In a previous experiment, I showed that Greeks can be seen as composites of two alternate sets: either a Sardinia-South Asia mix, or a North European-Near East mix. I first studied the latter, which provided a historical-period estimate for the admixture time. I now turn to the former, and use Sardinians and Brahui as parental populations. This complements previous analyses on Armenians and French using similar reference populations. Since I used the Balochi and Burusho in the two previous experiments, I decided this time to use the Brahui, which is the third population which presents a significant f3(Greek; Sardinian, Brahui) signal along the Europe-West Asia axis.
473,174 SNPs were used in total. The exponential fit can be seen below.
The jackknife estimate is 132.890 +/- 35.527 generations, or 3,850 +/- 1030 years. This spans the entirety of the Helladic period, with the mean being close to two often-cited dates for the "coming of the Greeks", corresponding to the destructions at the EHIII/MH boundary (c. 2100BC), and the spread of "Minyan ware" at c. 1900BC, although an earlier or later date is certainly possible.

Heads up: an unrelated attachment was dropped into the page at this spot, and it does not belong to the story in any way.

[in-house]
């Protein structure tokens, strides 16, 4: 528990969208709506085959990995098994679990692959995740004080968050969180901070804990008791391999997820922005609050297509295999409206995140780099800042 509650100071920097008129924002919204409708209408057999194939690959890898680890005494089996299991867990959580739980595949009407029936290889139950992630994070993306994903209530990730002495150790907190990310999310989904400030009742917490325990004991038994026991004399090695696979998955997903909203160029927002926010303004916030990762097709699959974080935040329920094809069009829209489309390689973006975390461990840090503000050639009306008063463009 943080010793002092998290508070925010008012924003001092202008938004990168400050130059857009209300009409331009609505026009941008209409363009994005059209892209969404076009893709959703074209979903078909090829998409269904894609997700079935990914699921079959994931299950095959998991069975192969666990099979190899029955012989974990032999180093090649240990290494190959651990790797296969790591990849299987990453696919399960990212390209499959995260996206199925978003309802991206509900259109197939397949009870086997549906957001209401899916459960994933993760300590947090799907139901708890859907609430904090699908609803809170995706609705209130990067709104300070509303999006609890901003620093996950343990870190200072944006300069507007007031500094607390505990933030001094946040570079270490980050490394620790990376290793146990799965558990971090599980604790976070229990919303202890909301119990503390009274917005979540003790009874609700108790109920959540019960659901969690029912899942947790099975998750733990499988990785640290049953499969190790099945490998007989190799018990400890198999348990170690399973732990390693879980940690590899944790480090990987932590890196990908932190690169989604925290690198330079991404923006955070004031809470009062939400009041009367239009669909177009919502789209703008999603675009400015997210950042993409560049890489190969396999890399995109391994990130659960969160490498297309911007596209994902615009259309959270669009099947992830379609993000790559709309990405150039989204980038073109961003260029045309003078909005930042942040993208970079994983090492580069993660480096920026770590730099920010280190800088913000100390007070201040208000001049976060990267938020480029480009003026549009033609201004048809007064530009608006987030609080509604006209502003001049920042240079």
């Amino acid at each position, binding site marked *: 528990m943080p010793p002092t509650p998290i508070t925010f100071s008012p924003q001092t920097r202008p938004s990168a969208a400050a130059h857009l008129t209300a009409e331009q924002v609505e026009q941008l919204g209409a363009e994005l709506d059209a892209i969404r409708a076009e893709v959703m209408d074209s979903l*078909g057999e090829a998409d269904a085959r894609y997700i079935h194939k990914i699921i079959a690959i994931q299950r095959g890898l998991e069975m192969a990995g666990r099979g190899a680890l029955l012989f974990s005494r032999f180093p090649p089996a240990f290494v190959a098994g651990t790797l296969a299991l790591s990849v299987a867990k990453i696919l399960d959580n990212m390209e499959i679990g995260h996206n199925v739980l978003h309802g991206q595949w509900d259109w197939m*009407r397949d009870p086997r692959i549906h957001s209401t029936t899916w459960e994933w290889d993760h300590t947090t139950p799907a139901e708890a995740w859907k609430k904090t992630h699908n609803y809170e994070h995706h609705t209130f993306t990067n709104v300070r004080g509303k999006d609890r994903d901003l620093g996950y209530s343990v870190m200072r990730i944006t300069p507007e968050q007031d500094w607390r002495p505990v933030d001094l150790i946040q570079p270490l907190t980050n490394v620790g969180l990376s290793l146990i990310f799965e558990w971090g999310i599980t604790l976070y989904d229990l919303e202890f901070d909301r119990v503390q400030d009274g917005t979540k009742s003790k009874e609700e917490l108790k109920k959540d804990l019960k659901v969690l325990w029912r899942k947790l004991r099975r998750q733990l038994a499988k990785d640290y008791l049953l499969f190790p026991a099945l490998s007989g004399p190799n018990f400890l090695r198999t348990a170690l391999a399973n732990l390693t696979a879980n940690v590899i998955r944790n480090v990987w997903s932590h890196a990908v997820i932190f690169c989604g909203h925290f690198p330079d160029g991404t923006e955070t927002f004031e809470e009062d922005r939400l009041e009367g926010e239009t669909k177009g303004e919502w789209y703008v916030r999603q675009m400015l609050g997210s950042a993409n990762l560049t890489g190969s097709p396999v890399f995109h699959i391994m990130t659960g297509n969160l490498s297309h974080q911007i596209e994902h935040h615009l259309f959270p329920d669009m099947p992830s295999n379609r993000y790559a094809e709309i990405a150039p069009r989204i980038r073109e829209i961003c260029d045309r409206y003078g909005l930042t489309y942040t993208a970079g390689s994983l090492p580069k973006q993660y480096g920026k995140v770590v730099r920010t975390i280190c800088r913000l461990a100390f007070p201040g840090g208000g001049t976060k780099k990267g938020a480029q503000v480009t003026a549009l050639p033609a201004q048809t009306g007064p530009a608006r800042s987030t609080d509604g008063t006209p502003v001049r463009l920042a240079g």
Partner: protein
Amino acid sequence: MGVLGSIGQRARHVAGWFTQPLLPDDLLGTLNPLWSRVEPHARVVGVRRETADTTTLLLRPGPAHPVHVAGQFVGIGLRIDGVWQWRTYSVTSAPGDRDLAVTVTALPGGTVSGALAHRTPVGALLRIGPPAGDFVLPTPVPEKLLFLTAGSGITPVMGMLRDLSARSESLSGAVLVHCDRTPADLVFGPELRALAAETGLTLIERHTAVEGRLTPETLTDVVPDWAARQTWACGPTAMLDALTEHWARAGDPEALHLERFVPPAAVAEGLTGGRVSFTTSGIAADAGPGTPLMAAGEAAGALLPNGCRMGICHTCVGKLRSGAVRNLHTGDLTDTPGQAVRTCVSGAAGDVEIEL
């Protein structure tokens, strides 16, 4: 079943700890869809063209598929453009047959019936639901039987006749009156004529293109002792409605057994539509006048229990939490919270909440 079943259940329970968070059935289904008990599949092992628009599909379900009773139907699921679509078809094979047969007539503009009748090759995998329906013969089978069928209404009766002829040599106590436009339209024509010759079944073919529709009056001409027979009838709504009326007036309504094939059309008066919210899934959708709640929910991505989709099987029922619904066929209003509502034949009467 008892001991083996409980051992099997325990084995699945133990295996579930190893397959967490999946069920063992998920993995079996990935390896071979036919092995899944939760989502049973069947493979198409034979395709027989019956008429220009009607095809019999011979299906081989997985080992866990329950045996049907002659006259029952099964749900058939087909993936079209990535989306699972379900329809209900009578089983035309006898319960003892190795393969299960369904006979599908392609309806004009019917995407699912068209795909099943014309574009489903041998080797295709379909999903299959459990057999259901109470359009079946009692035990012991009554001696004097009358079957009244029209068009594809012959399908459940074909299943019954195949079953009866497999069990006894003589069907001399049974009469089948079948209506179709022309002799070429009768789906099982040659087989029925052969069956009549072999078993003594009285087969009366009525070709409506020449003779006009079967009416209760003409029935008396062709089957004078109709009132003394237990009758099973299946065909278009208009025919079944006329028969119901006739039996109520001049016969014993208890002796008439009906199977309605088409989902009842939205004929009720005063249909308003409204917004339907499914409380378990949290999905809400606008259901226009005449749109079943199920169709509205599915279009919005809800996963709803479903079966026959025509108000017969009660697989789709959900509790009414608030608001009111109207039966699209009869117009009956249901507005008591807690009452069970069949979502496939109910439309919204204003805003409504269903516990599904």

(An alternative interpretation would relate the earliest Greeks to a Sardinian-like European population and the Asian component to a Luwian-like Anatolian population responsible for the well-known -nth and -ss toponyms in the Aegean.)
A signal of West Asian admixture during the Bronze is certainly consistent with my musings on the spread of metallurgy from the east during this time.